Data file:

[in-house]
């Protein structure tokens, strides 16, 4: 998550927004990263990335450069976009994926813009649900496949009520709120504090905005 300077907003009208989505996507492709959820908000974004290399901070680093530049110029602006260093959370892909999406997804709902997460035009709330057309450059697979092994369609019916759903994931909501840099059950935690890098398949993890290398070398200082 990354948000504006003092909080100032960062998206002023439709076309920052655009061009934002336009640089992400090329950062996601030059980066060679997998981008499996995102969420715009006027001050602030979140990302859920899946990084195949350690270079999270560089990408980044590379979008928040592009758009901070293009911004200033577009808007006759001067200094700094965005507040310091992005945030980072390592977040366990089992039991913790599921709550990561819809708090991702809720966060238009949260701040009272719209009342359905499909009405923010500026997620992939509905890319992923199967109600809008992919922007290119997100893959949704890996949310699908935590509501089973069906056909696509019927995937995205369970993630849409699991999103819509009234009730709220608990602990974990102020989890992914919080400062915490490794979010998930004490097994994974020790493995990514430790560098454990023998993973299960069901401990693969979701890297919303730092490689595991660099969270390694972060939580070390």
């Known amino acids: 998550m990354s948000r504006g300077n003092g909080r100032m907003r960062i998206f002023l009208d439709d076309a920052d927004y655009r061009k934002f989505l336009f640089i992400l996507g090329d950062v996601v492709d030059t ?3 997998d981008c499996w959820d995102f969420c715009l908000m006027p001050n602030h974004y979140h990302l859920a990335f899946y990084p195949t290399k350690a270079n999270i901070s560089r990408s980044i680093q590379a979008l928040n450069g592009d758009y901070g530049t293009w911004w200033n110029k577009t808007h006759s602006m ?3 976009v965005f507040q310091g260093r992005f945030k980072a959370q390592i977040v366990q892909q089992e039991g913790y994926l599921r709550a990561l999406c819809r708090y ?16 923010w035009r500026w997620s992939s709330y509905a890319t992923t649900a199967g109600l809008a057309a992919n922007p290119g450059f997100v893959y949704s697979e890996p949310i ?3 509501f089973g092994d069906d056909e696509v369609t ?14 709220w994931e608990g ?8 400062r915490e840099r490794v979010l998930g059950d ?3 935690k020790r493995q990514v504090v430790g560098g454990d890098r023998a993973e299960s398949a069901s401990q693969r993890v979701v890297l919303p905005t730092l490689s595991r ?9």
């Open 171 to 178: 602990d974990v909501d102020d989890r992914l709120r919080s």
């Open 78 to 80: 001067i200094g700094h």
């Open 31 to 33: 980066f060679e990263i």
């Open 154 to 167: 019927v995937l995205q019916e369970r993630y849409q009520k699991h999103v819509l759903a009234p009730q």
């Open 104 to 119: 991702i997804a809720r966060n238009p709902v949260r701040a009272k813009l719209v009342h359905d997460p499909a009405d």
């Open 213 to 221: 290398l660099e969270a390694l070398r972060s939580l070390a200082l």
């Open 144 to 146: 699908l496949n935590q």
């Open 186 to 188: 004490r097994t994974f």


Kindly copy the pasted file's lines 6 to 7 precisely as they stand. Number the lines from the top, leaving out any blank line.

């Open 31 to 33: 980066f060679e990263i």
């Open 154 to 167: 019927v995937l995205q019916e369970r993630y849409q009520k699991h999103v819509l759903a009234p009730q």